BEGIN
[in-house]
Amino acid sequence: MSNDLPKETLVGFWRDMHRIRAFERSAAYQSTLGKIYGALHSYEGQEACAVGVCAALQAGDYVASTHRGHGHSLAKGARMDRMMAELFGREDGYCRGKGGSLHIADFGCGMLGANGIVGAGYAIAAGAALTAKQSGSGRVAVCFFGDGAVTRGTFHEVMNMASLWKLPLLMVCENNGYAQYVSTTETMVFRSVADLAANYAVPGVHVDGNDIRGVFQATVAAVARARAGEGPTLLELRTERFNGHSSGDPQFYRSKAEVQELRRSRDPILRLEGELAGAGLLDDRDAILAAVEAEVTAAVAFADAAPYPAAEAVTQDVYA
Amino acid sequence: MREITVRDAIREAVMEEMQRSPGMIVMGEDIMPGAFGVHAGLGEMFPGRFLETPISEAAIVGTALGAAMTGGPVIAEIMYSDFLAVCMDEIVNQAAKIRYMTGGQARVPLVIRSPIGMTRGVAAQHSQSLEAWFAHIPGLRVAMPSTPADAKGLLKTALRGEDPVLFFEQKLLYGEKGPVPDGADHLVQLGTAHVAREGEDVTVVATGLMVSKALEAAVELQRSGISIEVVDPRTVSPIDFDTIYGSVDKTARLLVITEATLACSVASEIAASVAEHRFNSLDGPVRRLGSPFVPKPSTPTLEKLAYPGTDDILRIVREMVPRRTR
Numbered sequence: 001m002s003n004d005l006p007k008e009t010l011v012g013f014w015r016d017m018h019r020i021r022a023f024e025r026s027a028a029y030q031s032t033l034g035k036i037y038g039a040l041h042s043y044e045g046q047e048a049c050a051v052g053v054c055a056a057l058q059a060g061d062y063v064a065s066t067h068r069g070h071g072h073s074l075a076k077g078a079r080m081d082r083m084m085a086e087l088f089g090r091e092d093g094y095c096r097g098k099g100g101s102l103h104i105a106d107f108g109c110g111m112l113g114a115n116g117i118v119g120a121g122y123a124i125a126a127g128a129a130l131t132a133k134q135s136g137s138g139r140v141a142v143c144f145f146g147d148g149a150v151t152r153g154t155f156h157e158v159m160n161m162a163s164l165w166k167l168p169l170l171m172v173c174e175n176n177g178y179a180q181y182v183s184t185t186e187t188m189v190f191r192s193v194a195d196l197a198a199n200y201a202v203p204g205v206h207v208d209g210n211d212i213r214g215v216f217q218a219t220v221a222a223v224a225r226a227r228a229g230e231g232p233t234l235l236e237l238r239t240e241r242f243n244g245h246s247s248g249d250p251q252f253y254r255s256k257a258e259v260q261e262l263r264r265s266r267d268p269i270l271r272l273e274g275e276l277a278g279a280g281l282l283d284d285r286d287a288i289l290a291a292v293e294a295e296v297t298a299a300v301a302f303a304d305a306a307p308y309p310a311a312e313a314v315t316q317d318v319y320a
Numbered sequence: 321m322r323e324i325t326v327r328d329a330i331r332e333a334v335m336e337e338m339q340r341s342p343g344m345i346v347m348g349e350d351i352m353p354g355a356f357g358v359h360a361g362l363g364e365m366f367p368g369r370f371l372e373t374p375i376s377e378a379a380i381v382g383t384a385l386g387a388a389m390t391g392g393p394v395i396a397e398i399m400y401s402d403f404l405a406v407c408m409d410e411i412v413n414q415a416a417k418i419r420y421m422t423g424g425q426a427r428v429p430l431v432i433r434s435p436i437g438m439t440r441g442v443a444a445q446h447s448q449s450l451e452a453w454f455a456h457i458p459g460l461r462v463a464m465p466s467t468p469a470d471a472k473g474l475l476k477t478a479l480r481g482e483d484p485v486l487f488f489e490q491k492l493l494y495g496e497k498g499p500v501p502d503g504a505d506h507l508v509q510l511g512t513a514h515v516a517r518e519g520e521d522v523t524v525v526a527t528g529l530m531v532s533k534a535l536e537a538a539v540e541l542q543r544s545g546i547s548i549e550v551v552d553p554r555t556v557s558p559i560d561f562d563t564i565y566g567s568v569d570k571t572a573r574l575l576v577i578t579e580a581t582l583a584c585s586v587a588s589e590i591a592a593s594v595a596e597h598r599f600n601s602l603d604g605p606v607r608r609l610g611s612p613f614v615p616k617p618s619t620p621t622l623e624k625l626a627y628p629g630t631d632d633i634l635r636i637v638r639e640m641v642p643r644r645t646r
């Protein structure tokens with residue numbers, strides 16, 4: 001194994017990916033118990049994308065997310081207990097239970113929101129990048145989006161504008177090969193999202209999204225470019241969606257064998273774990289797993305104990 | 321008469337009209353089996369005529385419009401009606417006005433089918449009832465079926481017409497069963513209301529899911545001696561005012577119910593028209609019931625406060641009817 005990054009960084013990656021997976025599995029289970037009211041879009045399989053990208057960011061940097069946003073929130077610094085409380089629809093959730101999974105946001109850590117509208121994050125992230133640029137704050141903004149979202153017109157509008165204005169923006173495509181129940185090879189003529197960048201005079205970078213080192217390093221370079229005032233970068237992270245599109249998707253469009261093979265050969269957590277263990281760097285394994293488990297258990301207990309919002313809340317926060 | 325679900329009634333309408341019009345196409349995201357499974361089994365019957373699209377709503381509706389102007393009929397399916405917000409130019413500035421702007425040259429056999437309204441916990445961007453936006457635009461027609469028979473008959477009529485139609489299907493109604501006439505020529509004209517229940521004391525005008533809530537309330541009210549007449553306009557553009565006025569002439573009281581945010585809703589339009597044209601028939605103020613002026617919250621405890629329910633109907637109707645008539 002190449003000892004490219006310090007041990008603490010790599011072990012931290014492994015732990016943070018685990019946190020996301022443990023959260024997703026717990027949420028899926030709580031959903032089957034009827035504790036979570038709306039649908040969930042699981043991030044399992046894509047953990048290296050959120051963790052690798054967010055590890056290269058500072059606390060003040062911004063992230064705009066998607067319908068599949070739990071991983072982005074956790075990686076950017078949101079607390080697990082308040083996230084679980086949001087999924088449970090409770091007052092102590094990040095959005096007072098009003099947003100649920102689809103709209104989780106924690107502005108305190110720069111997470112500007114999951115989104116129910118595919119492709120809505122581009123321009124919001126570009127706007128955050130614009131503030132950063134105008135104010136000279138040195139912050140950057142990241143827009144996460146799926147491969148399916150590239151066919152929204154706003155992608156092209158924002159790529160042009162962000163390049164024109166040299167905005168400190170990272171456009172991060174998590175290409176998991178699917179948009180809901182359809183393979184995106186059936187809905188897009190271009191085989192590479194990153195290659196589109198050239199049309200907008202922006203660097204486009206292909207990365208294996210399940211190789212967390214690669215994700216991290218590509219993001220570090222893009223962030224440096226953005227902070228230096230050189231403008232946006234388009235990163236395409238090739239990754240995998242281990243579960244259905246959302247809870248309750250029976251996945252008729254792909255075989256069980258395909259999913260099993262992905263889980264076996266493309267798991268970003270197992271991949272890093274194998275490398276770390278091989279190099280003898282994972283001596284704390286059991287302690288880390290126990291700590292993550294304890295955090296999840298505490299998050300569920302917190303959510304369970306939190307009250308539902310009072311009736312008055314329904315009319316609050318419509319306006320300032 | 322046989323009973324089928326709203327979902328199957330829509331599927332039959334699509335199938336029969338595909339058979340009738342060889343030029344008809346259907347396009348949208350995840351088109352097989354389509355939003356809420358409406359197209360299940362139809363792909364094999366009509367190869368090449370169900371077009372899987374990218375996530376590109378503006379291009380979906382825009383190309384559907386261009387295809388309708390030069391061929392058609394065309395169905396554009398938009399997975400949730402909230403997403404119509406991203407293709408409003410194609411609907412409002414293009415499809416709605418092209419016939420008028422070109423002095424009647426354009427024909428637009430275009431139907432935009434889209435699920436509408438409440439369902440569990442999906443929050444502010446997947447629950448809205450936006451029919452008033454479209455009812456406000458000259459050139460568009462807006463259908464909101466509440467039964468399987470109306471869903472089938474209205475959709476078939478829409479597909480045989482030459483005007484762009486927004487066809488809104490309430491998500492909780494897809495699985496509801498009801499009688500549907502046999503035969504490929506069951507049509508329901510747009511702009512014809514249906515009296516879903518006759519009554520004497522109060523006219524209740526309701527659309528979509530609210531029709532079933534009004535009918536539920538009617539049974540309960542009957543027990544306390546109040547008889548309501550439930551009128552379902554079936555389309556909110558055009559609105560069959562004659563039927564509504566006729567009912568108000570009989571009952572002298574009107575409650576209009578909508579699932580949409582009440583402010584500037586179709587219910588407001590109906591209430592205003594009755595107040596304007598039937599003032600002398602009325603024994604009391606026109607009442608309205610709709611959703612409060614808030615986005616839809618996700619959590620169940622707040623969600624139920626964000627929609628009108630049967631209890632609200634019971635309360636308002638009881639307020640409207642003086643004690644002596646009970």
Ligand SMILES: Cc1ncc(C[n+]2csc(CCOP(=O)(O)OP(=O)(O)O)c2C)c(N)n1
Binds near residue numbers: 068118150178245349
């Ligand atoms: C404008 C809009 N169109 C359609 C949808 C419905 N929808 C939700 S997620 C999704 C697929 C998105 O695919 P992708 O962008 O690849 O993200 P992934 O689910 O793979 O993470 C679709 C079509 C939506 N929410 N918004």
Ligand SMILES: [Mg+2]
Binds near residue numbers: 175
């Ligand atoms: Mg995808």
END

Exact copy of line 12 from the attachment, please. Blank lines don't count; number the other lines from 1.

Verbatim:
């Ligand atoms: Mg995808």